On the other hand, when mainstream media headlines portray IS in a favorable light, IS supporters are happy to circulate news stories with titles like “ISIS Isn’t Back. It Never Went Away” thus, promoting their principles of “remaining and expanding” through non-IS media outputs.

In a more conspiratorial narrative vein, other messages after al-Quraysh’s death suggest that IS’s enemies were employing fake news announcements to dampen morale after the success of the Gweyran Prison break in January 2022. Once again, these messages were used to urge followers to only trust official IS media releases.

Information Sharing and Seeking about the US Special Forces Raid and Alleged Images of al-Qurayshi in Death 

On 3 February 2022, in the aftermath of news reports about the raid and death of al-Qurayshi, images and maps of the compound and surrounding area were shared among IS supporters online. Many of these images and maps were accompanied by speculations about what had happened. Another image also began circulating, allegedly showing al-Qurayshi in death. IS supporters then began placing this image next to an image of al-Qurayshi alive, claiming that the dead man was not al-Qurayshi but instead a member of Hayat Tahrir al-Sham (HTS). These claims may derive from the fact that the compound where al-Qurayshi was killed was located in Idlib province, an area controlled by HTS. In 2019, al-Baghdadi was also killed in a nearby town which Aaron Zelin argues, draws inquiry as to why two IS leaders were based in this region. Zelin further highlights the lack of HTS awareness on al-Qurayshi’s location and how this raises questions about HTS’s security service capabilities along with its capacity or deficiency to be a potential counterterrorism partner to the US.

Hostile Remarks Towards “Unbelievers”

Numerous posts expressed anger towards identified enemies – “the Crusader army” and what they termed as “al Jolani dogs” (meaning HTS). The assumption that HTS took part in coordinating the operation that killed al-Qurayshi speaks to the continuing animosity IS supporters hold for the group and how they view it as being in alliance with the anti-IS Coalition. Some content recycled older official IS propaganda such as an excerpt from an audio release by former IS spokesperson Abu Muhammad al Adnani, accompanied with the description message, “O America, do you think that you will achieve victory by killing one or more leaders?”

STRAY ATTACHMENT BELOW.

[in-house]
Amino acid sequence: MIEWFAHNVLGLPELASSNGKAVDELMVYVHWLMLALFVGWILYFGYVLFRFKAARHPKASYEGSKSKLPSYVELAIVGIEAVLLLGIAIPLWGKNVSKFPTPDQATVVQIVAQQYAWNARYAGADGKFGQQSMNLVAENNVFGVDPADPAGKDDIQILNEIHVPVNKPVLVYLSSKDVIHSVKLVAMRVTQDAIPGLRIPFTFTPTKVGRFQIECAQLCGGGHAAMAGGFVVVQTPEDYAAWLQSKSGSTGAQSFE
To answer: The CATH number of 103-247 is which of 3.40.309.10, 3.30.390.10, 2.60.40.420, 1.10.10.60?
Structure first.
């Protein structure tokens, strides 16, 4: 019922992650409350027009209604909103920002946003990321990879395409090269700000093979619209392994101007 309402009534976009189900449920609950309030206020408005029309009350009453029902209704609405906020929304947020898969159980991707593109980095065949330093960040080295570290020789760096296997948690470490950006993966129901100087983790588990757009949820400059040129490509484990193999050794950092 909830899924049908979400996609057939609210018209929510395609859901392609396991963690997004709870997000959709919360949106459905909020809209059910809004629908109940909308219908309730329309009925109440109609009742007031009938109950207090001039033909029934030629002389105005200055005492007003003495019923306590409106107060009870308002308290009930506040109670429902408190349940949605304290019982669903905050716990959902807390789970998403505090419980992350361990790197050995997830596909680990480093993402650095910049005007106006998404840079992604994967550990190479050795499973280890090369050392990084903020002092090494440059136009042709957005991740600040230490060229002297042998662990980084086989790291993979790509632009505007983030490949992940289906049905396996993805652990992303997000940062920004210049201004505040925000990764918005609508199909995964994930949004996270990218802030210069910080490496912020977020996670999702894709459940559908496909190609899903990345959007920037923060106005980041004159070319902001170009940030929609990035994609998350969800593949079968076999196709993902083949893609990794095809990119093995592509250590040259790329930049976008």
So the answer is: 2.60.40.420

The recycling of content indicates how IS supporters exert great efforts to frame leadership decapitation as an insignificant inconvenience incapable of derailing their larger objectives. Instead, they seek to reframe the setback as confirmation that they are predestined for victory regardless of present setbacks.

Hypothetical and Conditional Acceptance of the News 

Despite vehement denial of mainstream media announcements, some posts took the middle ground of the conditional hypothetical. Instead of fully accepting news of al-Qurayshi’s death, these posts strategically employed the terminologies “if” and “let us assume” in turn revealing their unwillingness to outright deny the reports while also attempting to avoid receiving ire from pro-IS communities for believing “the kuffar.”:

“Let us assume that the news is true, do you not know that all mankind has not seen and will not be afflicted by a calamity such as the death of the Prophet (peace and blessings of Allah be upon him)…God promises victory to his soldiers. Will you forget that our Lord does not break his promise?” – Telegram, 5 February 2022.